++Cashflow /w No Appreciation VS Appreciation Markets

7 Replies

I am analyzing new markets in my surrounding area. I am happy /w Barrie, but the massive appreciation is starting to kill the cashflow potential. My current properties are doing good. But future ones...

My question is:
Which market type is better?

1. A market that has excellent population growth, with a mid-high affordability index. Appreciation is high and fast. Demand is high, so winning offers arent frequent. Cashflow is low and in many cases not possible.


2. A market that has a stagnant population /w little growth, low affordability index. No/low appreciation market. SFHs are cheap, and rents are good. Cashflow is high. 

Don't buy in hopes of appreciation. That's why 2008 was so bad.

Make sure you have cash flow, even if only just a small amount. A little cash flow and principal purism every year is much better than risking if the market tanks and you're upside on multiple homes.

I think of it like baseball.

High appreciation is like a home run. it's sexy, you move the bottom line a lot all at once, and you can make a case for getting your money out. The downside is that you can struggle when the market is on the wrong side of buying or selling.

High cashflow is like a base hit. It's not going to impress you friends, much easier to find in any market, it's dependable long term wealth building.

The truth is neither is better. And perhaps a mix will yield the best results. High cashflow for the base of your portfolio that lets you leave your job and opportunistic appreciation plays that jump up your net worth in a few years.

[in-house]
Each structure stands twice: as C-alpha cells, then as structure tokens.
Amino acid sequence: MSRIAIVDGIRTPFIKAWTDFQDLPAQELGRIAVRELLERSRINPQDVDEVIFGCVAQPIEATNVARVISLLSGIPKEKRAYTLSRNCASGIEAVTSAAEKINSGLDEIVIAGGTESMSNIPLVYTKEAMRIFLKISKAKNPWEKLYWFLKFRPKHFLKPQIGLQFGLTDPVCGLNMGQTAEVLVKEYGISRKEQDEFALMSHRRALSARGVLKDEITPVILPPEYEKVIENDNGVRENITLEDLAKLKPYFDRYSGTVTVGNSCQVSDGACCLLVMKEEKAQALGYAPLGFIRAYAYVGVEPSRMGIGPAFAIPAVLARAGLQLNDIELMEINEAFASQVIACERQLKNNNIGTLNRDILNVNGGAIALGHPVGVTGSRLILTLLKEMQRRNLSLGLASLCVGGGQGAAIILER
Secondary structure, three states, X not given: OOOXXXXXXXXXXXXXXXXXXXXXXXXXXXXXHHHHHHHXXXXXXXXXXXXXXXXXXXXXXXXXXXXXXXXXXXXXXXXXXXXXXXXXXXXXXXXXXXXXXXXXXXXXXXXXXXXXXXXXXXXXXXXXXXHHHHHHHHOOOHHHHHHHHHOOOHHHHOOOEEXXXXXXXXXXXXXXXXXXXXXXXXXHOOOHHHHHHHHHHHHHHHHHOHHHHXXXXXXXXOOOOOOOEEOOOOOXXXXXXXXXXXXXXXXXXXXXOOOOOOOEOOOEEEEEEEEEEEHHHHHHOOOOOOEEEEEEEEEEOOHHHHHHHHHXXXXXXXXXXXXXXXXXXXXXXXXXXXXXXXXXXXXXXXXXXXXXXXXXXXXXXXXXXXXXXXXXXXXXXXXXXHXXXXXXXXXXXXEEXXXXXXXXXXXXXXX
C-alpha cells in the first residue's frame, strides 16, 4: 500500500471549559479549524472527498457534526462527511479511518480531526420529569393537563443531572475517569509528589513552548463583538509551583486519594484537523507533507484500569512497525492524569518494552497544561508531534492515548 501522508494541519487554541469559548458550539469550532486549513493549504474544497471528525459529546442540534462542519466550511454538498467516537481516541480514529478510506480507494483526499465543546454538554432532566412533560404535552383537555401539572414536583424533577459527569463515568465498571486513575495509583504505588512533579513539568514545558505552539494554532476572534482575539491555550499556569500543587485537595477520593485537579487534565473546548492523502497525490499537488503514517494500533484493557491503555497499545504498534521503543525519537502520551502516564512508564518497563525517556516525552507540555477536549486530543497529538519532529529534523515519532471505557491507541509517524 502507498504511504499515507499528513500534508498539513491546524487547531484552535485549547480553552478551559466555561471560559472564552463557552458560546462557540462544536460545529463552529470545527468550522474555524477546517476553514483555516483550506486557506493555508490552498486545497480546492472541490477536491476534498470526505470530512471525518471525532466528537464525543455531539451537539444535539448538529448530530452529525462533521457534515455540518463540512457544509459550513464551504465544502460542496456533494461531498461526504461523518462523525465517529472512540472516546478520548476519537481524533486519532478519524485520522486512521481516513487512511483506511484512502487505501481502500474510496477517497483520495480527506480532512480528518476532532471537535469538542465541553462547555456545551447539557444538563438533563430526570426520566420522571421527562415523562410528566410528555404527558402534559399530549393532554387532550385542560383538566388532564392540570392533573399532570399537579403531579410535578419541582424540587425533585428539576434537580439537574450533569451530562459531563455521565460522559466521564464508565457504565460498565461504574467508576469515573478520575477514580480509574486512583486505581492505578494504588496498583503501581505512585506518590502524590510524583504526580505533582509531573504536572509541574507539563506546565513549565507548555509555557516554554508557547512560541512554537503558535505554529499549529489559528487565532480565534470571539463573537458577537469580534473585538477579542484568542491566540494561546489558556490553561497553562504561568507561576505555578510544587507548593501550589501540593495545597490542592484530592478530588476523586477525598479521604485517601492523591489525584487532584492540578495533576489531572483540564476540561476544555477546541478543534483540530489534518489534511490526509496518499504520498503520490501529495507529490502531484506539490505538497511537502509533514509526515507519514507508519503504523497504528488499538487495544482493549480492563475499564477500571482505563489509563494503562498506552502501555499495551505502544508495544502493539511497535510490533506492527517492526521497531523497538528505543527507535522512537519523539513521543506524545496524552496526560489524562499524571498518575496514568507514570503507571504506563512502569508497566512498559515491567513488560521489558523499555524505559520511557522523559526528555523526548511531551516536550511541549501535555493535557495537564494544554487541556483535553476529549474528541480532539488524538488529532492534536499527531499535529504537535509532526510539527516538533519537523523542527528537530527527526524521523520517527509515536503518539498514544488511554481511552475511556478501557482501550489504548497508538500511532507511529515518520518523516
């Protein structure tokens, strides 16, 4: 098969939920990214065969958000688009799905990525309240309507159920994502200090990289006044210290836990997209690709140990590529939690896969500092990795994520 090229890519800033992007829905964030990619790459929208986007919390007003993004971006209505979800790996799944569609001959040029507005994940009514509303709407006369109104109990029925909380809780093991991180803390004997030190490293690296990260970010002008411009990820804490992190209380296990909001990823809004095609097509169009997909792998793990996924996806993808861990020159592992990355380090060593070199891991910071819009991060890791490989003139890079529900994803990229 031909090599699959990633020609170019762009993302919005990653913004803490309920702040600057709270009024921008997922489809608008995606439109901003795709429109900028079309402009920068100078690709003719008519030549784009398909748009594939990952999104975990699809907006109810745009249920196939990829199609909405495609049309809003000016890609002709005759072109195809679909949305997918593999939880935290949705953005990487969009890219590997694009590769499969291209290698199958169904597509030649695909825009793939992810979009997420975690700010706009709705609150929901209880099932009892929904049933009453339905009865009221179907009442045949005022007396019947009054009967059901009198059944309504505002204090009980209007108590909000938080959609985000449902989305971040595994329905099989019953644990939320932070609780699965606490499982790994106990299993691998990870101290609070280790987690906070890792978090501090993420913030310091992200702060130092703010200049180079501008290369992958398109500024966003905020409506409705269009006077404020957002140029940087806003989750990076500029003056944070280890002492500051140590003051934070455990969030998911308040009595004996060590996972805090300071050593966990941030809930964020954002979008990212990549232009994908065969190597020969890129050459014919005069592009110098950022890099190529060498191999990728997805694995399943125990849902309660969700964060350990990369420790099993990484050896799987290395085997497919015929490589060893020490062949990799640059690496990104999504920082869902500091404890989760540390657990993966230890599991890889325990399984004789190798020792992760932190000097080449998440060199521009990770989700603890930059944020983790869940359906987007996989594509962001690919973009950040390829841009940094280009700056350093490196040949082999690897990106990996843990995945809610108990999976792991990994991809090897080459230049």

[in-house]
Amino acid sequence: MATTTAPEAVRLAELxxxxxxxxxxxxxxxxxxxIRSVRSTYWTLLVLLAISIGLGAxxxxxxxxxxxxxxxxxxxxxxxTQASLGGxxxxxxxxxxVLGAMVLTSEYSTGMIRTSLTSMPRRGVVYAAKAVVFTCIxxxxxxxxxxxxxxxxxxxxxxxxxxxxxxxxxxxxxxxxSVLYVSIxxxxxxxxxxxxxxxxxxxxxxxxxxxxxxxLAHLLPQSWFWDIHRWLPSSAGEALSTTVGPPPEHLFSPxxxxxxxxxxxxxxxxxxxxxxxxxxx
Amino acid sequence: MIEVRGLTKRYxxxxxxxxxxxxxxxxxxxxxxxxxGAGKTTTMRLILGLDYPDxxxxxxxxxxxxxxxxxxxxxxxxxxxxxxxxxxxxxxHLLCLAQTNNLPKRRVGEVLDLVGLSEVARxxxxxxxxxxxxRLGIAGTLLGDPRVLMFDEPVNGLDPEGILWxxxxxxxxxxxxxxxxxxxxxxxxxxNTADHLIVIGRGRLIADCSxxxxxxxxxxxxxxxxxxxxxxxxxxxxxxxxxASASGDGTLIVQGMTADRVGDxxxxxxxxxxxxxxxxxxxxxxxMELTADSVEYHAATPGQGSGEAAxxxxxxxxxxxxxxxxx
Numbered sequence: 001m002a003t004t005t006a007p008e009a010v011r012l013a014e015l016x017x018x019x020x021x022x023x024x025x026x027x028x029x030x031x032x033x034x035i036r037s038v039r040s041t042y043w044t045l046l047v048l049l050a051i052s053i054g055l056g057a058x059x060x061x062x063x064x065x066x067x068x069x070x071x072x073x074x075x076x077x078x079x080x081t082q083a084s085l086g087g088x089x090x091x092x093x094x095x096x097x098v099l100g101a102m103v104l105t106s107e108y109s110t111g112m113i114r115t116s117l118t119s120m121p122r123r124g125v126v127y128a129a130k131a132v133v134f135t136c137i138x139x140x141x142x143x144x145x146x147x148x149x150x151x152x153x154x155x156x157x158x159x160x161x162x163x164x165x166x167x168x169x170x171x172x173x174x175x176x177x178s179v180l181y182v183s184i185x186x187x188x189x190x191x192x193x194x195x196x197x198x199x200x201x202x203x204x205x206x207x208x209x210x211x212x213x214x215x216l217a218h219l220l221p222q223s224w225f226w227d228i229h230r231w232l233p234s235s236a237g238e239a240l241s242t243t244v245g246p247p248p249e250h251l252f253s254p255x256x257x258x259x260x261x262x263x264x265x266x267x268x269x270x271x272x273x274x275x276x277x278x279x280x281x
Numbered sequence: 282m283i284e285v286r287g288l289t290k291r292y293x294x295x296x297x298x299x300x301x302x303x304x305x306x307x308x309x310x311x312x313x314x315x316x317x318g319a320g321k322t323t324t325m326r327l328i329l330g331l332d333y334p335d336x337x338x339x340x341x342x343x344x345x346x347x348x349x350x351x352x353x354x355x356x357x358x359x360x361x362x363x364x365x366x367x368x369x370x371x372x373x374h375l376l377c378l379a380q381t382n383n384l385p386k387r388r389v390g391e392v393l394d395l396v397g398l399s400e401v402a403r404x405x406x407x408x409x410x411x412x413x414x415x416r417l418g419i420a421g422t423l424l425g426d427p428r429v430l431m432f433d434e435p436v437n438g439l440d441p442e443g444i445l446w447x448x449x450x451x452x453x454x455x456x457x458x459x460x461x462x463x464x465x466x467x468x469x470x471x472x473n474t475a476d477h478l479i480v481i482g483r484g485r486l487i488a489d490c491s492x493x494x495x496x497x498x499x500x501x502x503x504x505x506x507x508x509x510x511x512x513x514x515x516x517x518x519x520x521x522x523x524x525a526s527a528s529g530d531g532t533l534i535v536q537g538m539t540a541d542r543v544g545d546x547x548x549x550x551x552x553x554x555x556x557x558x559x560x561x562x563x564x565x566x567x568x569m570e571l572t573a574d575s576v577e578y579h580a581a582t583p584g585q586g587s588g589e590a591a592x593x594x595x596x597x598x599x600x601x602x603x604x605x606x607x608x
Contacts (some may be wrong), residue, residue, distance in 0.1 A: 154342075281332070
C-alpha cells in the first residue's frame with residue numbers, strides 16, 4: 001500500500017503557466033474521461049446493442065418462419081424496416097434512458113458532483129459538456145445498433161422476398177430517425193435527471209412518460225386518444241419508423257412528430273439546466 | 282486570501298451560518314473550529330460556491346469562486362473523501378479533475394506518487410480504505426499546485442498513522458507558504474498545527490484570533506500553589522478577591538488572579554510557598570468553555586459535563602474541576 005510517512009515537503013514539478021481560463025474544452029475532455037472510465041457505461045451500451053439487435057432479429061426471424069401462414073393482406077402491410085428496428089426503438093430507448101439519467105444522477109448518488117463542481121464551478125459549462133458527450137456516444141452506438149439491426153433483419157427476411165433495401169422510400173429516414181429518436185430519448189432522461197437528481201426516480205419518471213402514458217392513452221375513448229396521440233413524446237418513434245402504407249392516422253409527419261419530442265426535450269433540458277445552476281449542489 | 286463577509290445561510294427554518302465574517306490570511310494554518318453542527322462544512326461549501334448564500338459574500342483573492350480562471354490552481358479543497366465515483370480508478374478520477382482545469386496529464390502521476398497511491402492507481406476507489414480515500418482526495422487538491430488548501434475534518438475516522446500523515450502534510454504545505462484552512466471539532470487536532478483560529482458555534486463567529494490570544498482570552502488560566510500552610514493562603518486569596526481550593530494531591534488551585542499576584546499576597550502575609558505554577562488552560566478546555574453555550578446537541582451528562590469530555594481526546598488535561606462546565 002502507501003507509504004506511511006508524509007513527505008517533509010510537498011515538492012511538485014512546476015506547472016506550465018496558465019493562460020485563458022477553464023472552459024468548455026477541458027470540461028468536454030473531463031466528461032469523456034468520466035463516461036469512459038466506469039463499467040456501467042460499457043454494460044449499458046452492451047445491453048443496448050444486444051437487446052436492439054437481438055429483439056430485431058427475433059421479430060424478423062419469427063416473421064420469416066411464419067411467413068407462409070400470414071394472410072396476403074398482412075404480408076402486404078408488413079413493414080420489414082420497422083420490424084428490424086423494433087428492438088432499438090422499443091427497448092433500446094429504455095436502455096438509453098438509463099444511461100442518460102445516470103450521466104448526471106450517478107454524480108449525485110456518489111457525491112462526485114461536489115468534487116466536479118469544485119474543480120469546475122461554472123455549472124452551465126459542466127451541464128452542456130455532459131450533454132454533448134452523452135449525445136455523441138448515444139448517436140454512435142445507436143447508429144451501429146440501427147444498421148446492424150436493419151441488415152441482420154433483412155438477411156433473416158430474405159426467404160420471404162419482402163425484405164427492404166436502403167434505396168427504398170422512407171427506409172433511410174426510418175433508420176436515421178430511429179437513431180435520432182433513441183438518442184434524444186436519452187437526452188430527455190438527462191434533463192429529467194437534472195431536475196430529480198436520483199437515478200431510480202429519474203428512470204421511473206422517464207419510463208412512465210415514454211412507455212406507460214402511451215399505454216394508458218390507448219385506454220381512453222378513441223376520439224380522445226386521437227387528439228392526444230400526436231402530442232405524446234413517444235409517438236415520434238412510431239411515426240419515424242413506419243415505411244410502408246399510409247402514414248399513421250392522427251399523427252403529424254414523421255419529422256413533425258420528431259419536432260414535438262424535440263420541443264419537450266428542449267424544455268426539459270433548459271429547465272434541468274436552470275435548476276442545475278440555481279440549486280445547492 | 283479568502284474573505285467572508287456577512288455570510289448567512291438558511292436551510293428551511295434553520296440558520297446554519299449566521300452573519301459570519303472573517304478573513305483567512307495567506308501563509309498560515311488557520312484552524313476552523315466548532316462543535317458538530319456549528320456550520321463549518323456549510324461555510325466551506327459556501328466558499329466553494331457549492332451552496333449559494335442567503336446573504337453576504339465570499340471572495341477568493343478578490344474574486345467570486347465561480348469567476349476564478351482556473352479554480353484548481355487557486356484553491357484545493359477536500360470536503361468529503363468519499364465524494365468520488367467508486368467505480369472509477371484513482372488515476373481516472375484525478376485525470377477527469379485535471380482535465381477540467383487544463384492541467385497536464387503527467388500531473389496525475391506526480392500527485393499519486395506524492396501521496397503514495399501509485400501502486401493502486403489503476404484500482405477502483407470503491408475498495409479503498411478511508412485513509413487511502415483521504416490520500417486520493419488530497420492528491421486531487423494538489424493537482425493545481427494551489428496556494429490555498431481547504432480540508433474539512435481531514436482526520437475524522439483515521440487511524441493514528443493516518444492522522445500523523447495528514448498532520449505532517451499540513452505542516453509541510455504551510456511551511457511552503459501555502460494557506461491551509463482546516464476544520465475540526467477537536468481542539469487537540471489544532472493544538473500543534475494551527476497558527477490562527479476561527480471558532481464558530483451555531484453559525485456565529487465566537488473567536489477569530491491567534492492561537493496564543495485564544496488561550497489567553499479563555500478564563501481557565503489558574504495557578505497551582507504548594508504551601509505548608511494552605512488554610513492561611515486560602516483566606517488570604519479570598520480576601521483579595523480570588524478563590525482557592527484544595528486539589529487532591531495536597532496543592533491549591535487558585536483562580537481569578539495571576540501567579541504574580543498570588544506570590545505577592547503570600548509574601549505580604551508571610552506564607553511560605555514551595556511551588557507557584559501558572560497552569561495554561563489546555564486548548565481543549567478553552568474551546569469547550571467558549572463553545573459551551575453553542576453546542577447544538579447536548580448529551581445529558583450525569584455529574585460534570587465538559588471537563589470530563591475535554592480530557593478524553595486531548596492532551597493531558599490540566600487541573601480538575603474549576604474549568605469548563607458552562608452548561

Both types of properties carry different pluses and minuses. I always like to say...

Cash flow is how I pay my bills, appreciation is how I build wealth.

So what is your goal? If it is income replacement, then cash flow is the way to go. If you have a good income, and like you job, then maybe appreciation is the way to go.

@Darren Horrocks I don't understand why people focus on the either or of cash flow vs appreciation.  As investors we should be running to door #3: BOTH cash flow and appreciation.  This type of market does exist all over the US, look for both pieces of the puzzle, don't settle for one or the other.  Just my 2 cents.

Take it easy,


@Darren Horrocks I agree with @Arlen Chou : I think it shouldn't be an either or but a both. I think it's definitely possible to buy good properties that cash flow AND appreciate. I used to think about it in this way too as far as trying to decide which was more important. But then it dawned on me that to have good cash flowing properties there has to be demand. To have demand there has to be population growth. When there's population growth there's appreciation. So they really do and probably should go together.